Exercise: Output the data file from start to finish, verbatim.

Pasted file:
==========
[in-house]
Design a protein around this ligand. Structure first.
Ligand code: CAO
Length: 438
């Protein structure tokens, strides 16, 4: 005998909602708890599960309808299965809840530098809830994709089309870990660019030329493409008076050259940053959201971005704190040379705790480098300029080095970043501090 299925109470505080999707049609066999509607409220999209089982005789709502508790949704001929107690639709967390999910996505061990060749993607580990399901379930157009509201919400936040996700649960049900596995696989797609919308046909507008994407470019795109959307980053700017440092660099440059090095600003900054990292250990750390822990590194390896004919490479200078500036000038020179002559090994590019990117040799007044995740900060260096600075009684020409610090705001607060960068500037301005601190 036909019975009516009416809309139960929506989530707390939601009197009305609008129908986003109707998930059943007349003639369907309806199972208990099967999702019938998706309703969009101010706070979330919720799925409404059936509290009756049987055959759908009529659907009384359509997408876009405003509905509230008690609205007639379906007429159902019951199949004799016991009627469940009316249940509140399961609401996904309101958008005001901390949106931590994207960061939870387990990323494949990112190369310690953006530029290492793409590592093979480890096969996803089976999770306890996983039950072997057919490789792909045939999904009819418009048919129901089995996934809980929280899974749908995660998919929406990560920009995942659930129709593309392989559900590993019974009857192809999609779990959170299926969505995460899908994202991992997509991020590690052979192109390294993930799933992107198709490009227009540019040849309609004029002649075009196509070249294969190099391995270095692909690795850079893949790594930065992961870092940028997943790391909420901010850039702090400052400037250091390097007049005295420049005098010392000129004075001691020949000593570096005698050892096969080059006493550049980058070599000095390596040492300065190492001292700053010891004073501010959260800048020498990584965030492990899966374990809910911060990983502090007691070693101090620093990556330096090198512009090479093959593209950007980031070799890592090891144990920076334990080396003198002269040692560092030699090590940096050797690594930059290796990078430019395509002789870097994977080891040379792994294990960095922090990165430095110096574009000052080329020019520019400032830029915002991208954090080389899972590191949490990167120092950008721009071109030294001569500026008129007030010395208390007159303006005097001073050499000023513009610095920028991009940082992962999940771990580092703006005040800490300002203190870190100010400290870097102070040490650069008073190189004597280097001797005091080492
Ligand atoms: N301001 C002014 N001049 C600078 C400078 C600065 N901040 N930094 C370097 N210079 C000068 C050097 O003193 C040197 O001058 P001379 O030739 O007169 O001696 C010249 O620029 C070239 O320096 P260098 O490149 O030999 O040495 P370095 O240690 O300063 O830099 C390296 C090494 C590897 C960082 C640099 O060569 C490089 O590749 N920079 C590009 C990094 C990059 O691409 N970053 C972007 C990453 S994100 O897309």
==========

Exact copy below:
[in-house]
Design a protein around this ligand. Structure first.
Ligand code: CAO
Length: 438
């Protein structure tokens, strides 16, 4: 005998909602708890599960309808299965809840530098809830994709089309870990660019030329493409008076050259940053959201971005704190040379705790480098300029080095970043501090 299925109470505080999707049609066999509607409220999209089982005789709502508790949704001929107690639709967390999910996505061990060749993607580990399901379930157009509201919400936040996700649960049900596995696989797609919308046909507008994407470019795109959307980053700017440092660099440059090095600003900054990292250990750390822990590194390896004919490479200078500036000038020179002559090994590019990117040799007044995740900060260096600075009684020409610090705001607060960068500037301005601190 036909019975009516009416809309139960929506989530707390939601009197009305609008129908986003109707998930059943007349003639369907309806199972208990099967999702019938998706309703969009101010706070979330919720799925409404059936509290009756049987055959759908009529659907009384359509997408876009405003509905509230008690609205007639379906007429159902019951199949004799016991009627469940009316249940509140399961609401996904309101958008005001901390949106931590994207960061939870387990990323494949990112190369310690953006530029290492793409590592093979480890096969996803089976999770306890996983039950072997057919490789792909045939999904009819418009048919129901089995996934809980929280899974749908995660998919929406990560920009995942659930129709593309392989559900590993019974009857192809999609779990959170299926969505995460899908994202991992997509991020590690052979192109390294993930799933992107198709490009227009540019040849309609004029002649075009196509070249294969190099391995270095692909690795850079893949790594930065992961870092940028997943790391909420901010850039702090400052400037250091390097007049005295420049005098010392000129004075001691020949000593570096005698050892096969080059006493550049980058070599000095390596040492300065190492001292700053010891004073501010959260800048020498990584965030492990899966374990809910911060990983502090007691070693101090620093990556330096090198512009090479093959593209950007980031070799890592090891144990920076334990080396003198002269040692560092030699090590940096050797690594930059290796990078430019395509002789870097994977080891040379792994294990960095922090990165430095110096574009000052080329020019520019400032830029915002991208954090080389899972590191949490990167120092950008721009071109030294001569500026008129007030010395208390007159303006005097001073050499000023513009610095920028991009940082992962999940771990580092703006005040800490300002203190870190100010400290870097102070040490650069008073190189004597280097001797005091080492
Ligand atoms: N301001 C002014 N001049 C600078 C400078 C600065 N901040 N930094 C370097 N210079 C000068 C050097 O003193 C040197 O001058 P001379 O030739 O007169 O001696 C010249 O620029 C070239 O320096 P260098 O490149 O030999 O040495 P370095 O240690 O300063 O830099 C390296 C090494 C590897 C960082 C640099 O060569 C490089 O590749 N920079 C590009 C990094 C990059 O691409 N970053 C972007 C990453 S994100 O897309």